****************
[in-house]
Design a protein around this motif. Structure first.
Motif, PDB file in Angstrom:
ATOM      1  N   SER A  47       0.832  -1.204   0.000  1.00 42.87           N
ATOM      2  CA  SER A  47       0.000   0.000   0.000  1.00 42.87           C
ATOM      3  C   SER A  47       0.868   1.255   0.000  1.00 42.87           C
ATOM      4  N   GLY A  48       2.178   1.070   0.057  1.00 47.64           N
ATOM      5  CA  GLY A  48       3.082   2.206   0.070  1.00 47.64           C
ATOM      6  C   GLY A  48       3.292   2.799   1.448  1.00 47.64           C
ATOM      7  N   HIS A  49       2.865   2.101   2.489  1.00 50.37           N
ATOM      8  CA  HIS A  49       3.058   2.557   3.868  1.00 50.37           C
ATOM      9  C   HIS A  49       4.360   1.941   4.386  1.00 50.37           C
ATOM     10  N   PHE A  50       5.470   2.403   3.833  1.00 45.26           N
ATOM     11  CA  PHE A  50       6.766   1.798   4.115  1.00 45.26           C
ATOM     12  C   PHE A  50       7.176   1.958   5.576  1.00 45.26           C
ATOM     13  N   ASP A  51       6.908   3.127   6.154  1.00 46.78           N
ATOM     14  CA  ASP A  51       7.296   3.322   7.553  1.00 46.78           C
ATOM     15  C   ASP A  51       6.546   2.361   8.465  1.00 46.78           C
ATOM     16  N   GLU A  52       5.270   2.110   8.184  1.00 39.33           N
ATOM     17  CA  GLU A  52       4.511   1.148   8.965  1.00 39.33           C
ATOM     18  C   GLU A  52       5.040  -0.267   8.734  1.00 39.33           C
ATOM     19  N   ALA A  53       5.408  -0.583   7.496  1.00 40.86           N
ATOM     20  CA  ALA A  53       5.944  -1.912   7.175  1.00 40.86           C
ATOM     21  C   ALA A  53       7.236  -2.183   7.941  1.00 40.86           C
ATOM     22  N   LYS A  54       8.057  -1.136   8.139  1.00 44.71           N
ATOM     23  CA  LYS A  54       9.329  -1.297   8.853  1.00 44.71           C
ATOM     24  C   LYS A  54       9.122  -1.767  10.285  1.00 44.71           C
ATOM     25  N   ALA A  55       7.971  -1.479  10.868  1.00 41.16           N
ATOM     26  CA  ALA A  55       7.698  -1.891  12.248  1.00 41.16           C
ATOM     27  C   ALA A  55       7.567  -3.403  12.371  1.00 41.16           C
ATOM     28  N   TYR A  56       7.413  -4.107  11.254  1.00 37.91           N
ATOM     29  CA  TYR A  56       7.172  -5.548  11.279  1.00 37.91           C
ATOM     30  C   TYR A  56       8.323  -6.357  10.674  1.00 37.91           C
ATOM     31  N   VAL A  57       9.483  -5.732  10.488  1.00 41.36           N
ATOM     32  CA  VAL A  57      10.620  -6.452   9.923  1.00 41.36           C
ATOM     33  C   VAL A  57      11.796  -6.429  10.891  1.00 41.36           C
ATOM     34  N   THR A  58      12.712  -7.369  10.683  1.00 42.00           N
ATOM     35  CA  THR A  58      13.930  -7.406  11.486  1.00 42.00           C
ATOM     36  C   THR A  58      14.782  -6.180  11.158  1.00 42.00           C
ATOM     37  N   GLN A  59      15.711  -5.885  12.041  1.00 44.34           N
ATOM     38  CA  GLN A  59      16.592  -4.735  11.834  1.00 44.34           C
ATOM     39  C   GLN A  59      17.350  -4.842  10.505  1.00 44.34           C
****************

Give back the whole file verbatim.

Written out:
[in-house]
Design a protein around this motif. Structure first.
Motif, PDB file in Angstrom:
ATOM      1  N   SER A  47       0.832  -1.204   0.000  1.00 42.87           N
ATOM      2  CA  SER A  47       0.000   0.000   0.000  1.00 42.87           C
ATOM      3  C   SER A  47       0.868   1.255   0.000  1.00 42.87           C
ATOM      4  N   GLY A  48       2.178   1.070   0.057  1.00 47.64           N
ATOM      5  CA  GLY A  48       3.082   2.206   0.070  1.00 47.64           C
ATOM      6  C   GLY A  48       3.292   2.799   1.448  1.00 47.64           C
ATOM      7  N   HIS A  49       2.865   2.101   2.489  1.00 50.37           N
ATOM      8  CA  HIS A  49       3.058   2.557   3.868  1.00 50.37           C
ATOM      9  C   HIS A  49       4.360   1.941   4.386  1.00 50.37           C
ATOM     10  N   PHE A  50       5.470   2.403   3.833  1.00 45.26           N
ATOM     11  CA  PHE A  50       6.766   1.798   4.115  1.00 45.26           C
ATOM     12  C   PHE A  50       7.176   1.958   5.576  1.00 45.26           C
ATOM     13  N   ASP A  51       6.908   3.127   6.154  1.00 46.78           N
ATOM     14  CA  ASP A  51       7.296   3.322   7.553  1.00 46.78           C
ATOM     15  C   ASP A  51       6.546   2.361   8.465  1.00 46.78           C
ATOM     16  N   GLU A  52       5.270   2.110   8.184  1.00 39.33           N
ATOM     17  CA  GLU A  52       4.511   1.148   8.965  1.00 39.33           C
ATOM     18  C   GLU A  52       5.040  -0.267   8.734  1.00 39.33           C
ATOM     19  N   ALA A  53       5.408  -0.583   7.496  1.00 40.86           N
ATOM     20  CA  ALA A  53       5.944  -1.912   7.175  1.00 40.86           C
ATOM     21  C   ALA A  53       7.236  -2.183   7.941  1.00 40.86           C
ATOM     22  N   LYS A  54       8.057  -1.136   8.139  1.00 44.71           N
ATOM     23  CA  LYS A  54       9.329  -1.297   8.853  1.00 44.71           C
ATOM     24  C   LYS A  54       9.122  -1.767  10.285  1.00 44.71           C
ATOM     25  N   ALA A  55       7.971  -1.479  10.868  1.00 41.16           N
ATOM     26  CA  ALA A  55       7.698  -1.891  12.248  1.00 41.16           C
ATOM     27  C   ALA A  55       7.567  -3.403  12.371  1.00 41.16           C
ATOM     28  N   TYR A  56       7.413  -4.107  11.254  1.00 37.91           N
ATOM     29  CA  TYR A  56       7.172  -5.548  11.279  1.00 37.91           C
ATOM     30  C   TYR A  56       8.323  -6.357  10.674  1.00 37.91           C
ATOM     31  N   VAL A  57       9.483  -5.732  10.488  1.00 41.36           N
ATOM     32  CA  VAL A  57      10.620  -6.452   9.923  1.00 41.36           C
ATOM     33  C   VAL A  57      11.796  -6.429  10.891  1.00 41.36           C
ATOM     34  N   THR A  58      12.712  -7.369  10.683  1.00 42.00           N
ATOM     35  CA  THR A  58      13.930  -7.406  11.486  1.00 42.00           C
ATOM     36  C   THR A  58      14.782  -6.180  11.158  1.00 42.00           C
ATOM     37  N   GLN A  59      15.711  -5.885  12.041  1.00 44.34           N
ATOM     38  CA  GLN A  59      16.592  -4.735  11.834  1.00 44.34           C
ATOM     39  C   GLN A  59      17.350  -4.842  10.505  1.00 44.34           C